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Discovery of high-amplitude X-ray variability in the Seyfert–LINER transition galaxy NGC 7589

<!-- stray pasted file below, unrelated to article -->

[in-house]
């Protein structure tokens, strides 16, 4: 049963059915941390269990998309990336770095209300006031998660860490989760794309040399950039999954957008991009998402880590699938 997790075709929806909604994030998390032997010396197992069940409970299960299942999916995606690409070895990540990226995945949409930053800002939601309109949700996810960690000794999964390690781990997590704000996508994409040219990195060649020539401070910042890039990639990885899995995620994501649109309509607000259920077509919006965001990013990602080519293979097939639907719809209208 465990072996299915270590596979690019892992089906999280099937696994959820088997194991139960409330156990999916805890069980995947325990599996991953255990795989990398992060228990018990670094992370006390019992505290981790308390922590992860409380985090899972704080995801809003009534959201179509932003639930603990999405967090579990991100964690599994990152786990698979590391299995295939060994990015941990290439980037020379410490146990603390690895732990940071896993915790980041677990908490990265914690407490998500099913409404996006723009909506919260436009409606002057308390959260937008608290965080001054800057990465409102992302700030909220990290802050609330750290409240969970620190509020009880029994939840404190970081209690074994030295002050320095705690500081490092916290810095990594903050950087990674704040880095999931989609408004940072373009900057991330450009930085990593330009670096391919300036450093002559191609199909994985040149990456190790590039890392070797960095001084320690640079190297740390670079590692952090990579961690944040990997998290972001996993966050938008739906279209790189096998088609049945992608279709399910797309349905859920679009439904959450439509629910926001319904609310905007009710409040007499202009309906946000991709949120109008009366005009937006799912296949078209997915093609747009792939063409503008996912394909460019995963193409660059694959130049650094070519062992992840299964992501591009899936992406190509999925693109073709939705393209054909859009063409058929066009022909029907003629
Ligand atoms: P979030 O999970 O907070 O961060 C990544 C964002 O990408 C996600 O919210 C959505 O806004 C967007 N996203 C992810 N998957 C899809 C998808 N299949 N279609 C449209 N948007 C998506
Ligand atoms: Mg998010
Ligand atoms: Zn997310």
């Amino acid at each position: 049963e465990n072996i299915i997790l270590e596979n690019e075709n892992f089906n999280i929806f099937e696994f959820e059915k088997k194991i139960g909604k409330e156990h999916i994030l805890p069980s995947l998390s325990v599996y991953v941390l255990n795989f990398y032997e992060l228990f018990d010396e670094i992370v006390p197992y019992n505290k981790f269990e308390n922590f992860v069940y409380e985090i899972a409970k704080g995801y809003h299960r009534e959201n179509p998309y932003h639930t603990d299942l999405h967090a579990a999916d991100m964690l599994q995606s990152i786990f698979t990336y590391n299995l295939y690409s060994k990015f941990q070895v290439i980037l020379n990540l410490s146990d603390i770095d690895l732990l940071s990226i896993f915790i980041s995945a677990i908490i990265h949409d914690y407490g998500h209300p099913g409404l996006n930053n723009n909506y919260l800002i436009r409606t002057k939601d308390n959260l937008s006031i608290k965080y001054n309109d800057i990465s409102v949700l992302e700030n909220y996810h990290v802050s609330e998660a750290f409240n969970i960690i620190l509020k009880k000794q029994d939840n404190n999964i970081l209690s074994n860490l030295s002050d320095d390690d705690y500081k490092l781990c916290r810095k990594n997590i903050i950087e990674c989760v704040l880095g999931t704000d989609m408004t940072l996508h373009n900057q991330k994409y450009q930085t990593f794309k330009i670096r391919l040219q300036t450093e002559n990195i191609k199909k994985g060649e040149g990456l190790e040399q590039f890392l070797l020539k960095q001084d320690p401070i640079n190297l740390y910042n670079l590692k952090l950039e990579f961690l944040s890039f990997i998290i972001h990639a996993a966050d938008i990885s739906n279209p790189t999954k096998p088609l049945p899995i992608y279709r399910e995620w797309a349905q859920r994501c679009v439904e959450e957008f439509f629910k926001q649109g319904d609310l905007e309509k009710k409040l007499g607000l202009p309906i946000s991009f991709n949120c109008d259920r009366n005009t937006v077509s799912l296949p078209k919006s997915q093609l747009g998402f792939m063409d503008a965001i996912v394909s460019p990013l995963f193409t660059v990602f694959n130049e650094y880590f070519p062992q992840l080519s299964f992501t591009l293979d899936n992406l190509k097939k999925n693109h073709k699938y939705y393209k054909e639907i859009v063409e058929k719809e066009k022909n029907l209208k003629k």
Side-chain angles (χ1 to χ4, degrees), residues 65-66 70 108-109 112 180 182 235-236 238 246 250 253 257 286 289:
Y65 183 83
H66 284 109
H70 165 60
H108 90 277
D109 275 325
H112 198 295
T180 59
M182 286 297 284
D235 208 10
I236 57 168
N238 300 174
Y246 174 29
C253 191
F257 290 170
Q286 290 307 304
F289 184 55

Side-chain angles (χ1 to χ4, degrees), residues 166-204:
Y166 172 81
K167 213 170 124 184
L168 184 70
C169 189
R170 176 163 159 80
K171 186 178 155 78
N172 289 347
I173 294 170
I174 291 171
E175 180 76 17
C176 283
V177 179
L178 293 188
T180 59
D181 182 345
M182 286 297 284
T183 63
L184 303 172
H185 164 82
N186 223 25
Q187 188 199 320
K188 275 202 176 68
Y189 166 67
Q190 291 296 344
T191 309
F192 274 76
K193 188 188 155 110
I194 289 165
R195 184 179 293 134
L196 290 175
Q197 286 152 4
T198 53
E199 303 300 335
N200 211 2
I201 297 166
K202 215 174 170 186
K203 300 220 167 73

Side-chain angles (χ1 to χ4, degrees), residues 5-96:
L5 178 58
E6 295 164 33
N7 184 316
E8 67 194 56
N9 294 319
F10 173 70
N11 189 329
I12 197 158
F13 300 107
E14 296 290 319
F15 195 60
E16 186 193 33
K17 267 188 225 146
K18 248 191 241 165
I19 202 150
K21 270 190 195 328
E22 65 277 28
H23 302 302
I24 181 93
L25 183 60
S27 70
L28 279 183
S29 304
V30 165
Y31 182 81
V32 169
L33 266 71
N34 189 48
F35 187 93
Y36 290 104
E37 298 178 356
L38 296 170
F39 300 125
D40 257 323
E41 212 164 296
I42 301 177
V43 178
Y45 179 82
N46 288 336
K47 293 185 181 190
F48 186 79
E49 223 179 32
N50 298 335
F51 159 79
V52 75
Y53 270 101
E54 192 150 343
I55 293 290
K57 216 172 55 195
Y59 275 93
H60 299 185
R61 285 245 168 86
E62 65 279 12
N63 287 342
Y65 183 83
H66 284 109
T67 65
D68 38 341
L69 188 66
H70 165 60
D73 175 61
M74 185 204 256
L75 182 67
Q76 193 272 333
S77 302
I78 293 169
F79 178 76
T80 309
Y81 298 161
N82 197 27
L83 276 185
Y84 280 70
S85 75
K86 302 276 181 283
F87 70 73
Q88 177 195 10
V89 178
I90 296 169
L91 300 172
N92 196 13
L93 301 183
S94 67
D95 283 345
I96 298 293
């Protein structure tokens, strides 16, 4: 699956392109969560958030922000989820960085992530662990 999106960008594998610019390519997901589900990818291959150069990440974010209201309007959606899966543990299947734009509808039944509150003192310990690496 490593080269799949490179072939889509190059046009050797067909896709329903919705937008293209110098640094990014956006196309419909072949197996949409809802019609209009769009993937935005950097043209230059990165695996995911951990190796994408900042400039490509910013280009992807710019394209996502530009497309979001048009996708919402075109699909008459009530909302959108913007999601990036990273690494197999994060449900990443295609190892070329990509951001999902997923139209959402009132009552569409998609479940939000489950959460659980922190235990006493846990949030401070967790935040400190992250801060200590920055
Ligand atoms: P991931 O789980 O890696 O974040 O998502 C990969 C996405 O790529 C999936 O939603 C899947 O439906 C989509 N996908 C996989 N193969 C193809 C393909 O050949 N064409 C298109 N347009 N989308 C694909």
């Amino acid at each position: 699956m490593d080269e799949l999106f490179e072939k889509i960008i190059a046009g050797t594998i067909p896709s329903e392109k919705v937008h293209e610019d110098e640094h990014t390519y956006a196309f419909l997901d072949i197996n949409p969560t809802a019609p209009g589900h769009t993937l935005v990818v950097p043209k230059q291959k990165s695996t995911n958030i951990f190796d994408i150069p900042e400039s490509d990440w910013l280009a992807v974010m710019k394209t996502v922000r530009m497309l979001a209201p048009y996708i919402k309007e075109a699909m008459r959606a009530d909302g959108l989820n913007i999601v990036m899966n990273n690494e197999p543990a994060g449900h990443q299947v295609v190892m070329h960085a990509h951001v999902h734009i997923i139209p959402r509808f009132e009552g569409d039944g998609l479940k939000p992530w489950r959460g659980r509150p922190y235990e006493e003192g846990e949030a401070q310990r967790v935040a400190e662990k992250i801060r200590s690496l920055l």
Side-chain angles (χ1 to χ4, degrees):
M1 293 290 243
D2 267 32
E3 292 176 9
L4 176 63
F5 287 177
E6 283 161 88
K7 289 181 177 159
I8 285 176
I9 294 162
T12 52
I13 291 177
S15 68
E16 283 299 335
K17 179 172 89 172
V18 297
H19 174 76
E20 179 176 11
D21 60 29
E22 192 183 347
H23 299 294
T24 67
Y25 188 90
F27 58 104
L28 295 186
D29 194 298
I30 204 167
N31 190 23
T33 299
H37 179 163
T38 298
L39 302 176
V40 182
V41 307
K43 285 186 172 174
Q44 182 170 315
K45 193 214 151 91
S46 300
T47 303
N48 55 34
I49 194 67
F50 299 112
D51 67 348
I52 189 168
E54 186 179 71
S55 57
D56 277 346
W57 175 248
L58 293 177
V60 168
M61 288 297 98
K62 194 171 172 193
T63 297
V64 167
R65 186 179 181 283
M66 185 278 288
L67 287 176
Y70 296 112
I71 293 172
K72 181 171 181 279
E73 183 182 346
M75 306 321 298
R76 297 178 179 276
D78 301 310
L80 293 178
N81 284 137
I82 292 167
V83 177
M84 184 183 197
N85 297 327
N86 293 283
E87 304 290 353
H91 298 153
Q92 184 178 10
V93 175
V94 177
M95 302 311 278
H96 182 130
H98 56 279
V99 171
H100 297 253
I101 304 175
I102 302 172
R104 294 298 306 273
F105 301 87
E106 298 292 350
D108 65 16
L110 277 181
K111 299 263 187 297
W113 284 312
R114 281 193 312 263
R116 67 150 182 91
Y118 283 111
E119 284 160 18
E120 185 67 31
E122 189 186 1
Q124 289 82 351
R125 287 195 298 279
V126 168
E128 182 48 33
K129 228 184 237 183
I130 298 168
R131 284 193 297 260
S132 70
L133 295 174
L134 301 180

We present the first result of a programme to search for large flux variations in the X-ray sources of the XMM Serendipitous Survey compared to previous ROSAT observations. An increase in X-ray flux by a factor >10 was discovered from the nucleus of the galaxy NGC 7589 on a time-scale of less than 5 yr. The 0.4–10 keV XMM spectrum can be approximated by a power law with photon index of 1.7–1.8, though it seems to flatten above 5 keV, suggesting a possible complex model, such as partial covering or disc reflection. A classification based on an analysis of its optical spectrum places NGC 7589 in the Seyfert region, but close to the Seyfert–LINER (low-ionization nuclear emission-line region) borderline on the active galactic nucleus (AGN) diagnostic diagrams. We classify NGC 7589 as either Seyfert 1.9 or LINER I, in the light of the detection of a broad Hα line, which makes NGC 7589 an AGN in the low-luminosity regime. We interpret the observed variability in terms of either changes in covering factor of absorbing gas in the AGN, or variability in the intrinsic X-ray luminosity. Should the latter be the case, the inferred Eddington accretion rate increased from the radiatively inefficient accretion-dominated regime to a value close to the putative critical value, at which a transition of the accretion mode is supposed to take place. This possibility presents a new prospect of studying accretion physics in the central black holes of external galaxies by direct observing changes of ‘spectral state’, as is common in stellar black hole binary systems.

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